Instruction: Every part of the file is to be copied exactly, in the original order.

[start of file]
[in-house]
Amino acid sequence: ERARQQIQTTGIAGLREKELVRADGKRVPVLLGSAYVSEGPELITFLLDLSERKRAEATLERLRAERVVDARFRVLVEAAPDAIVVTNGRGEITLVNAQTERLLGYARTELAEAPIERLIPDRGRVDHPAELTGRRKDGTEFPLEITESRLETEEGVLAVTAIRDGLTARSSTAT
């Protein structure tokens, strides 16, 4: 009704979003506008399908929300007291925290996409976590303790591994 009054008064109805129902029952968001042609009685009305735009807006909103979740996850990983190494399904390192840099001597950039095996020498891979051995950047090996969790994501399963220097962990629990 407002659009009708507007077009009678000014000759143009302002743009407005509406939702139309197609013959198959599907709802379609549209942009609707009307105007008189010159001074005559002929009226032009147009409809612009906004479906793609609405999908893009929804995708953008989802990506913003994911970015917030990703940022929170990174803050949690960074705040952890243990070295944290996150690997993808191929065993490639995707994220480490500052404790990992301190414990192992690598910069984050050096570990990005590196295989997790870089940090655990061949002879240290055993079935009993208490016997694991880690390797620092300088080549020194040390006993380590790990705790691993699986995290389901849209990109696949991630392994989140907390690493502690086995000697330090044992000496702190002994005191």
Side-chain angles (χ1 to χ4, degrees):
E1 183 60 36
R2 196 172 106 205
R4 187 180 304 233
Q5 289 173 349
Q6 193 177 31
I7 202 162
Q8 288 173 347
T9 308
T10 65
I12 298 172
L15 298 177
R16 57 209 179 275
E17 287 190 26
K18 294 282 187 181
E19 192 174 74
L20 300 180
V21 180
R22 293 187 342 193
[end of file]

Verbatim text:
[in-house]
Amino acid sequence: ERARQQIQTTGIAGLREKELVRADGKRVPVLLGSAYVSEGPELITFLLDLSERKRAEATLERLRAERVVDARFRVLVEAAPDAIVVTNGRGEITLVNAQTERLLGYARTELAEAPIERLIPDRGRVDHPAELTGRRKDGTEFPLEITESRLETEEGVLAVTAIRDGLTARSSTAT
């Protein structure tokens, strides 16, 4: 009704979003506008399908929300007291925290996409976590303790591994 009054008064109805129902029952968001042609009685009305735009807006909103979740996850990983190494399904390192840099001597950039095996020498891979051995950047090996969790994501399963220097962990629990 407002659009009708507007077009009678000014000759143009302002743009407005509406939702139309197609013959198959599907709802379609549209942009609707009307105007008189010159001074005559002929009226032009147009409809612009906004479906793609609405999908893009929804995708953008989802990506913003994911970015917030990703940022929170990174803050949690960074705040952890243990070295944290996150690997993808191929065993490639995707994220480490500052404790990992301190414990192992690598910069984050050096570990990005590196295989997790870089940090655990061949002879240290055993079935009993208490016997694991880690390797620092300088080549020194040390006993380590790990705790691993699986995290389901849209990109696949991630392994989140907390690493502690086995000697330090044992000496702190002994005191």
Side-chain angles (χ1 to χ4, degrees):
E1 183 60 36
R2 196 172 106 205
R4 187 180 304 233
Q5 289 173 349
Q6 193 177 31
I7 202 162
Q8 288 173 347
T9 308
T10 65
I12 298 172
L15 298 177
R16 57 209 179 275
E17 287 190 26
K18 294 282 187 181
E19 192 174 74
L20 300 180
V21 180
R22 293 187 342 193